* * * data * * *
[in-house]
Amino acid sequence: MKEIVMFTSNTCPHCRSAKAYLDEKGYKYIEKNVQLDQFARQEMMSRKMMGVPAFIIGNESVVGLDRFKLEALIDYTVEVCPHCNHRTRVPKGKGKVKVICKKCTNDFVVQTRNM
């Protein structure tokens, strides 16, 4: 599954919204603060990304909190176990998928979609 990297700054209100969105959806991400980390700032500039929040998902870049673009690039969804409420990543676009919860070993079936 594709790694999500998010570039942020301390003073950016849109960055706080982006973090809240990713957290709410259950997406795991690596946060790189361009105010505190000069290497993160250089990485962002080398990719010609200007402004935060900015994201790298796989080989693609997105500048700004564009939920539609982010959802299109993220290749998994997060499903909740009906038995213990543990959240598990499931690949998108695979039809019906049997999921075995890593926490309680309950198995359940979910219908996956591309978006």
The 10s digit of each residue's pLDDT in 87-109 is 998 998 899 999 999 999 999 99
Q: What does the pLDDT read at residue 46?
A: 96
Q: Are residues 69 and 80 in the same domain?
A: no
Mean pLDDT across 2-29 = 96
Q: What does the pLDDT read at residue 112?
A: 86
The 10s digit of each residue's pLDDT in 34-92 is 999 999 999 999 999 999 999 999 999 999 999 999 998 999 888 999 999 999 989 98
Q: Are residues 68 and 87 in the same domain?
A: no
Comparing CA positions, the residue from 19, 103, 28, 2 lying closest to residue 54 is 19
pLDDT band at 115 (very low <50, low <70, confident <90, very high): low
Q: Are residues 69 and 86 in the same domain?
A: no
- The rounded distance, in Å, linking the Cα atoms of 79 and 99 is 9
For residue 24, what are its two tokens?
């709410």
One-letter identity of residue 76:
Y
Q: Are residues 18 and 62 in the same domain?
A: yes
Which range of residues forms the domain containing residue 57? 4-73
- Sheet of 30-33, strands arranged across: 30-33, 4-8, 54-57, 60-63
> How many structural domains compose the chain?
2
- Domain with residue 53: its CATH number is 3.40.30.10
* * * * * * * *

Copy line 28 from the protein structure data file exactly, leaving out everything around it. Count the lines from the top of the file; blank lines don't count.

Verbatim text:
> How many structural domains compose the chain?